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Re: Document/Example how to create "standalone" markup commands

From: David Kastrup
Subject: Re: Document/Example how to create "standalone" markup commands
Date: Thu, 07 Jun 2018 21:02:17 +0200
User-agent: Gnus/5.13 (Gnus v5.13) Emacs/27.0.50 (gnu/linux)

Aaron Hill <address@hidden> writes:

> On 2018-06-07 10:31, David Kastrup wrote:
>>> The snippet you mentioned does not work as-is on 2.19.81, so I was
>>> curious if there was something new going on with how to define
>>> functions.
>> It will in 2.21.0.

Actually, this one may even be in 2.20.0.

> Good grief, man!  Why didn't you just say that to begin with?  I'm
> sitting over here, questioning my [in]sanity.  ;)
>>> As I originally suspected `\etc` was nothing more than a placeholder
>>> for other, actual markup, your suggested definition of `\doubleBox`
>>> ultimately becomes a fixed, parameter-less construct.
>> Uh, isn't that the definition of a function's parameter?
> Well, I assumed that `\etc` was your personal shorthand in snippets
> for "manually put whatever you want here", like an ellipsis.  Of
> course, I had no reference to know that `\etc` was (or soon will be)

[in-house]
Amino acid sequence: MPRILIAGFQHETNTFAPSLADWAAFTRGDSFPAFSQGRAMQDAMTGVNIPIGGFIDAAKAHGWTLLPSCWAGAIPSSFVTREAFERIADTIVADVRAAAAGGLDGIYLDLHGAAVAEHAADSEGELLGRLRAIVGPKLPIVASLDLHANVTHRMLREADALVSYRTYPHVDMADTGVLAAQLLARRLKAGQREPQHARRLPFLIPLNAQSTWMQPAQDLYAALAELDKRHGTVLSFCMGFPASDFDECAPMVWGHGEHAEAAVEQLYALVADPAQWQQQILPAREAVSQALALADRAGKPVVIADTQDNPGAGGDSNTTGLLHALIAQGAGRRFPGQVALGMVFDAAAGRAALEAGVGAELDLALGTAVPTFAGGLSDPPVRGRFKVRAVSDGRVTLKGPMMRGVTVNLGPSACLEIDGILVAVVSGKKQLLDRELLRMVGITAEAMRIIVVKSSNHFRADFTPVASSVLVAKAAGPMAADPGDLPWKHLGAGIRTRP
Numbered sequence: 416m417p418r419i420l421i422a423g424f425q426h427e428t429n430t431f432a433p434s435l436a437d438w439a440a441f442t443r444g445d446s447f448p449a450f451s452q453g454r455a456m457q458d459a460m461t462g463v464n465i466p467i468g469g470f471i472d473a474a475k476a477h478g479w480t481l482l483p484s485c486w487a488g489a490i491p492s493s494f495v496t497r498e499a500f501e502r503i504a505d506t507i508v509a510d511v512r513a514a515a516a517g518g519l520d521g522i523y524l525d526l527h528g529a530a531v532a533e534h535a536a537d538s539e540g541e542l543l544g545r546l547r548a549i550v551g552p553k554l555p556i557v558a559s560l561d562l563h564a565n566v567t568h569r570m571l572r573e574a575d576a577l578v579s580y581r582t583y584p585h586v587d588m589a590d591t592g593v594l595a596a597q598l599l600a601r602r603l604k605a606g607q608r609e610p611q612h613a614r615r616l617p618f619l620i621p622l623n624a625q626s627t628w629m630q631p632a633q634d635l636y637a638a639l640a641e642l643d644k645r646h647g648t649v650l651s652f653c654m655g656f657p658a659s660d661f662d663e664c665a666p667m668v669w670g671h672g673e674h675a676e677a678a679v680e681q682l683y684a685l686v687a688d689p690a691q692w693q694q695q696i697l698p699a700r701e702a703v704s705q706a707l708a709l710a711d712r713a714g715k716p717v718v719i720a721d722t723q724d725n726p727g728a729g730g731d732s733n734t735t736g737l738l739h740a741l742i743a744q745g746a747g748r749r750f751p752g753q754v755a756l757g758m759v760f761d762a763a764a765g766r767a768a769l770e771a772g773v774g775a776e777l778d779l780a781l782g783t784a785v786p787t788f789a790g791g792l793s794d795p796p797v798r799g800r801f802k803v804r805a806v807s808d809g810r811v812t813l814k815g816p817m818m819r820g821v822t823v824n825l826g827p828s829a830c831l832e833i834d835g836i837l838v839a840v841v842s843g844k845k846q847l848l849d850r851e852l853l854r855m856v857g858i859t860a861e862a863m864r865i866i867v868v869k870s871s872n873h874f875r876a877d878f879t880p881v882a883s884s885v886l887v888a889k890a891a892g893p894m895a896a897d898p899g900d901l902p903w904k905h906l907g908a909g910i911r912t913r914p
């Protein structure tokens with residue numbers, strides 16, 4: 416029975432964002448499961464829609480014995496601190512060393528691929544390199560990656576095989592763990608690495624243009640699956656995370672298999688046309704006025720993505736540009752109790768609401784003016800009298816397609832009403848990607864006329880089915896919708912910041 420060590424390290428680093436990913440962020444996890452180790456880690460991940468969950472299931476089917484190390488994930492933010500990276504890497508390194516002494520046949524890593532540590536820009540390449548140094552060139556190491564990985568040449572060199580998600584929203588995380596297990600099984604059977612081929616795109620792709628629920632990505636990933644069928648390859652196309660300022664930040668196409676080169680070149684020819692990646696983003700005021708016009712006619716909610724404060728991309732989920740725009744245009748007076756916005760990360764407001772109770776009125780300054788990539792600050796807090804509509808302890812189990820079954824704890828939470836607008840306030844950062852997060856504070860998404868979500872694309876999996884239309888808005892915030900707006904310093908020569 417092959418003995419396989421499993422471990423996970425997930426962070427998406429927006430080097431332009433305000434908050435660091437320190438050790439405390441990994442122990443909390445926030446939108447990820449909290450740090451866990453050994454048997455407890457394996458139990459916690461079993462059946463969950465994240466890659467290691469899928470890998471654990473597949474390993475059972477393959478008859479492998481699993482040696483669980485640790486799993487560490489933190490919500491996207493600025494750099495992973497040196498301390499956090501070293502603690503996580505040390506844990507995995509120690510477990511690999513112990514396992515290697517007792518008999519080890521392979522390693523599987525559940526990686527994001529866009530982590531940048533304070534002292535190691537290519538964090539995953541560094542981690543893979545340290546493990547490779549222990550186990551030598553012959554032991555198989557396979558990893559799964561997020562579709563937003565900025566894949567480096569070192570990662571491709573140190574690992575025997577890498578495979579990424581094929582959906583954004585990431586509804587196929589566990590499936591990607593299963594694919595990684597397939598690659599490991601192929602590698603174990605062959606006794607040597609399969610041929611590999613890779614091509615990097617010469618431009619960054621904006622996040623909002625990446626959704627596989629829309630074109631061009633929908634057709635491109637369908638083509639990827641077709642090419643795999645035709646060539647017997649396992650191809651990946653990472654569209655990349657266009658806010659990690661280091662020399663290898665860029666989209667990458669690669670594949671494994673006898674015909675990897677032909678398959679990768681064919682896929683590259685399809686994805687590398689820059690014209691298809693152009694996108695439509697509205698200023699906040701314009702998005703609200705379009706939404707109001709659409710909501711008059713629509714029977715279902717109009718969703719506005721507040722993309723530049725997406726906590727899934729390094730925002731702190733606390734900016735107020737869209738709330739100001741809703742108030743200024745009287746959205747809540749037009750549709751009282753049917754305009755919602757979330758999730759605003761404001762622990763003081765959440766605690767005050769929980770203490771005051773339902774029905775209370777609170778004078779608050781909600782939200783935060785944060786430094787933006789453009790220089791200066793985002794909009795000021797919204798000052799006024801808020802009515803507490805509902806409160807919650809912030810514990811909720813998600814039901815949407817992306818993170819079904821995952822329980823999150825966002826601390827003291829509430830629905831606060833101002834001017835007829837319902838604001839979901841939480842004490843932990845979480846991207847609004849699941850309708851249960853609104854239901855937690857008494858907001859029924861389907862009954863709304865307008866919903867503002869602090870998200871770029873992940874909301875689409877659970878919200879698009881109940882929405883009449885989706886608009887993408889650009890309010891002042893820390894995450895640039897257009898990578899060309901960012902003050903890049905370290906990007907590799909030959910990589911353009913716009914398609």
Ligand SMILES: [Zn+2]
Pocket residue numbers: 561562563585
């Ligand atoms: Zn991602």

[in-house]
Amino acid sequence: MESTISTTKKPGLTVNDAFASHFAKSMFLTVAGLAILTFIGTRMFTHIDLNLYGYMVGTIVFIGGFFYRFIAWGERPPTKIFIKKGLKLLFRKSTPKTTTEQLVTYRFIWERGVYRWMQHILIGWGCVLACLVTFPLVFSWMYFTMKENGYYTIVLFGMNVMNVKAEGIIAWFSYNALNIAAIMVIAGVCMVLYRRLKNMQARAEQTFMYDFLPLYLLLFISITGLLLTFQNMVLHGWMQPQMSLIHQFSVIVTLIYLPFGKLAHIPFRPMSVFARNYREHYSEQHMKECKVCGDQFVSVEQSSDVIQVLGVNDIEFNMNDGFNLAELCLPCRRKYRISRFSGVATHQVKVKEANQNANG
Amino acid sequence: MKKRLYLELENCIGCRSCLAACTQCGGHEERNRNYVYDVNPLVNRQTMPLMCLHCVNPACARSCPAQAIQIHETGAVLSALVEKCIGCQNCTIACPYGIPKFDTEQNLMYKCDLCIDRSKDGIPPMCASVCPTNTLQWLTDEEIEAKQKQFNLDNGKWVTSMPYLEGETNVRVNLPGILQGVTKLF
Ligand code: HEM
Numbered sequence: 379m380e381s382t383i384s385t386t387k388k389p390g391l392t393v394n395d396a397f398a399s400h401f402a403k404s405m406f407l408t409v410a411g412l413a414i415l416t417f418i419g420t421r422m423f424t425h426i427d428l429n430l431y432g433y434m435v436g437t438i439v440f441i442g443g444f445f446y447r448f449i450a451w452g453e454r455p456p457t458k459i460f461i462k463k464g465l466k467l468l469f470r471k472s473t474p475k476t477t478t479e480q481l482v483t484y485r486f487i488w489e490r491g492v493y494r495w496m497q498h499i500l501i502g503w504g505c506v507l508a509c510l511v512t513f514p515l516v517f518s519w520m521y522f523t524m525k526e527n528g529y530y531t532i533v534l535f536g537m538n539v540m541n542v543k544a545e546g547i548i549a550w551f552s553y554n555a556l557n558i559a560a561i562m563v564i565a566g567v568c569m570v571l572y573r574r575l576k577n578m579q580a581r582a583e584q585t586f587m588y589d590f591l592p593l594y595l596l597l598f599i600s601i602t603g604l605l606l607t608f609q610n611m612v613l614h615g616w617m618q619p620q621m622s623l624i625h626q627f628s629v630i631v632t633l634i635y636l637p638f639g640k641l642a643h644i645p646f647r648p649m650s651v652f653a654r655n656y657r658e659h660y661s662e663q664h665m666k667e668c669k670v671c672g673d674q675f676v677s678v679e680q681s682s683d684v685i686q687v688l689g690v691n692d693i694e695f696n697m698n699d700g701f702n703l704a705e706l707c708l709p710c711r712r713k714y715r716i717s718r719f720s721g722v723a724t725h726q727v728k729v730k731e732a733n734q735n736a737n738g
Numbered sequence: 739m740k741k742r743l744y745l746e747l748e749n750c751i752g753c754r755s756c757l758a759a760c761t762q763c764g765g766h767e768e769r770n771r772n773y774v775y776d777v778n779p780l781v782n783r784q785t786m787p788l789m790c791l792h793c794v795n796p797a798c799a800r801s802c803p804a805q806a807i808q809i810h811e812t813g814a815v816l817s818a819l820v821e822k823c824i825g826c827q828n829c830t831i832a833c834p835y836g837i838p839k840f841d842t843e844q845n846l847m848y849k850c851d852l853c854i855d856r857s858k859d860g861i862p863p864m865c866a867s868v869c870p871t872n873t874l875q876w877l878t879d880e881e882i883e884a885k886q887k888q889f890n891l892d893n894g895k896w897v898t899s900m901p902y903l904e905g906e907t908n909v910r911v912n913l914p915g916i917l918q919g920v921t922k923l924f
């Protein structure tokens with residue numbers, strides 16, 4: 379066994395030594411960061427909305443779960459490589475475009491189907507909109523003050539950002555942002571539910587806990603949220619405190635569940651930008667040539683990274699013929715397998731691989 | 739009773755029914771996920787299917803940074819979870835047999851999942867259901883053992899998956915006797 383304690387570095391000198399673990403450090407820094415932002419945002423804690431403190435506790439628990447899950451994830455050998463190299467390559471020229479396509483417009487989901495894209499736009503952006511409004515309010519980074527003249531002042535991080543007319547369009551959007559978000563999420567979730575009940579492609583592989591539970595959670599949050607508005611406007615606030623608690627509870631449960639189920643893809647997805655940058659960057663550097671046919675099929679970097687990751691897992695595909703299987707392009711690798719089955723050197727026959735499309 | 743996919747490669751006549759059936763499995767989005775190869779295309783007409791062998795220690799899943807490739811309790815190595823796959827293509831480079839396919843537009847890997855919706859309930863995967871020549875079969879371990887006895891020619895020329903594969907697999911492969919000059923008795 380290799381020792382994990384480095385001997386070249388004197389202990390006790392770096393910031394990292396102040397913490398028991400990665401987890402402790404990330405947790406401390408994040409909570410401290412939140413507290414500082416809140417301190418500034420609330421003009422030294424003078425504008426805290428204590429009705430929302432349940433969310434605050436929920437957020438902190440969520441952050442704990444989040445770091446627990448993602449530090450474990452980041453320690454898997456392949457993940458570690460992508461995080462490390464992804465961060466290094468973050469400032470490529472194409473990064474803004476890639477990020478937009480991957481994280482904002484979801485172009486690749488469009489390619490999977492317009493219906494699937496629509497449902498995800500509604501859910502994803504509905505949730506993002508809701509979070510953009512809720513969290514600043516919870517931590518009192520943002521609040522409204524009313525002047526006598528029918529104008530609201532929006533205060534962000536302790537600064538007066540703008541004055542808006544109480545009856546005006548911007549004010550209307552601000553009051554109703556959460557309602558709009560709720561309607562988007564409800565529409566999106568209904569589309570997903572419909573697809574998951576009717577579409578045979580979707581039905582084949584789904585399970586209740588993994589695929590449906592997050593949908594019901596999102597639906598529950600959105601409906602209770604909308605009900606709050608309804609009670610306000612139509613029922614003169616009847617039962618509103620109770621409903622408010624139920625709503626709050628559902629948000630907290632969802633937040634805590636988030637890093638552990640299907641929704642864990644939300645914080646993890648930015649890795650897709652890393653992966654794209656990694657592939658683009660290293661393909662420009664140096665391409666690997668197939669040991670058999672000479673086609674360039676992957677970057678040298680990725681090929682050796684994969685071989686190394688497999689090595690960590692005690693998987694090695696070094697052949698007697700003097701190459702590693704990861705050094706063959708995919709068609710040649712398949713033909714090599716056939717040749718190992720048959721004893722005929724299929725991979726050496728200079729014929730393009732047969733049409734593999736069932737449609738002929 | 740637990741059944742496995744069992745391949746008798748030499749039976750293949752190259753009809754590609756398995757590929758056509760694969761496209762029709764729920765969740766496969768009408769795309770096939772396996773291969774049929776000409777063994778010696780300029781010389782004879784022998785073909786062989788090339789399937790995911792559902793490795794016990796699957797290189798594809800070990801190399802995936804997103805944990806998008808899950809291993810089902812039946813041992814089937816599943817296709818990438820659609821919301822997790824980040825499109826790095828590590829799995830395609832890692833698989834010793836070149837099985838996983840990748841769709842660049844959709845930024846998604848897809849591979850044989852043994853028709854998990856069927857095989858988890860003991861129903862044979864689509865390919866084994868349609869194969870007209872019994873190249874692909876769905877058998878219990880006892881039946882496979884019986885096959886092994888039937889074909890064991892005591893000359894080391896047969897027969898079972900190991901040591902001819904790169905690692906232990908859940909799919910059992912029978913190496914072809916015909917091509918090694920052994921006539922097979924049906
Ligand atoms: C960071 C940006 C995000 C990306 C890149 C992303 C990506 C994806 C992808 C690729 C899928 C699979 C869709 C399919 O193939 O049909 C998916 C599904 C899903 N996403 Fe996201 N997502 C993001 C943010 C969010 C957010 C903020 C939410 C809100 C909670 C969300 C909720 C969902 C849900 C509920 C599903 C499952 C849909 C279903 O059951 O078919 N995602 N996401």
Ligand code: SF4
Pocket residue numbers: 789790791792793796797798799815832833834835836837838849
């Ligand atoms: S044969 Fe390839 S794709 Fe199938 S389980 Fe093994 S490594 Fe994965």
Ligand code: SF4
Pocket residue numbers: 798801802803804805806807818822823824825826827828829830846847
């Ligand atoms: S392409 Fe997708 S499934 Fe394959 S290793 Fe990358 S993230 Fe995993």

> actual valid syntax.
> But it is great to hear that `\etc` will eventually be a thing, as it
> should help reduce the need to switch to Scheme for this type of
> thing.  Will this convenient syntax support more than one argument, or
> is that beyond the scope of the feature?

\etc is part of 2.19 (somewhere in the 60s) but this particular case of
creating an event function by abbreviating markup is currently just in
master.  It appears to make sense to drag it over as well, though.

\etc cuts short one final function call by as many arguments as are
missing: that's sort of important because sometimes people don't even
know that there may be optional arguments usually left off.

So this is not really flexible functionality.  However, many functions
are designed intentionally in manner where they can formally be nested
in their most common incantation without having to keep track of
trailing bits.  This is, for example, the case with \tweak.  Functions
designed in that manner tend to work reasonably well with \etc .

You'll still need explicit functions for a lot of less basic stuff but
it's actually surprising how often \etc with its trailing-arguments
requirement is sufficient.

David Kastrup

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